EU applications to study in UK down by 9%

EU applications to study in UK down by 9%

According to UCAS, the number of applicants from EU students for top university courses in the UK have dropped by 9%.

Following Brexit, there was concern from both UK and EU students about its impact on studying abroad as well as travelling, particularly in regards to the restriction of free travel for the UK. It is thought this drop is linked to those fears.

Nicole Dandridge, chief executive of Universities UK, linked the fall to uncertainty about government funding for EU students. The lack of clarification received by EU students about any financial support they could receive while studying clearly led to a fewer number applying to study here. In fact, a statement was only issued by the government a short while before the November deadline for particular universities and courses closed this month. Although it stated that funding for EU students would remain the same in 2017, with access to loans, it may have come too late for November applications.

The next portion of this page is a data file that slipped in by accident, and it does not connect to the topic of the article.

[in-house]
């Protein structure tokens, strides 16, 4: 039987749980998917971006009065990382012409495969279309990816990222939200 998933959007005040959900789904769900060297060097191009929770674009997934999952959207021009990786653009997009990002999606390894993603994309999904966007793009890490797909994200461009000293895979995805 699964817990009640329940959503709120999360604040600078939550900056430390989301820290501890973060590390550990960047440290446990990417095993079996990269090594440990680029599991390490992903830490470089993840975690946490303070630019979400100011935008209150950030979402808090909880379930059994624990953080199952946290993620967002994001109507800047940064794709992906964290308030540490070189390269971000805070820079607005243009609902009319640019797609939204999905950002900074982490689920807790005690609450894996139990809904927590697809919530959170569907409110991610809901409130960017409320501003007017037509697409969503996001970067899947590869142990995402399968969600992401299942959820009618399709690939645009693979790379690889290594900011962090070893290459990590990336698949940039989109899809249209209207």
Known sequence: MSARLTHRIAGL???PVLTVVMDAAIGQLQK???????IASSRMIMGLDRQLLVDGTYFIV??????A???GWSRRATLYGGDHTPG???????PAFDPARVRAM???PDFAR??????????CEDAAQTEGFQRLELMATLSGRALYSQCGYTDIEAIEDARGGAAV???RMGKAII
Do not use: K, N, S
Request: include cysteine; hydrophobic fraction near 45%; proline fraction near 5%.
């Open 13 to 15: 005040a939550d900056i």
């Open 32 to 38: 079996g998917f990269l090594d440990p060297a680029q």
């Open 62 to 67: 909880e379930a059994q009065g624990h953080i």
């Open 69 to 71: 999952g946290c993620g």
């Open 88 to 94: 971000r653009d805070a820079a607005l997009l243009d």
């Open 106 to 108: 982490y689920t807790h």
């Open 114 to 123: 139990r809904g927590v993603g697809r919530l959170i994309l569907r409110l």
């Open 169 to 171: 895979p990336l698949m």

There are two deadlines for UCAS applications. The November one is for Oxford and Cambridge Universities as well as medicine, veterinary and dentistry courses for September 2017. The data describing the 9% drop is for these courses, and Dandridge stated the full picture would only become clear about the January deadline had passed, which makes up 90% of total university undergraduate applications.

Following the government’s clarification of financial support available, it is unsure if EU students will still distance themselves from UK universities following the EU referendum result or not.

The 9% decline marks a turn in application numbers, as applications from EU students were previously on the rise. The number of applicants was 6240, a 620 drop from the steadily increasing climb of previous years.

Contrastingly, the number of total applications has gone up 1% this year. Both Mary Curnock Cook, the chief executive of UCAS, and a government spokesperson claimed this was a positive figure.

Rabeeah Moeen

(Image: Getty)

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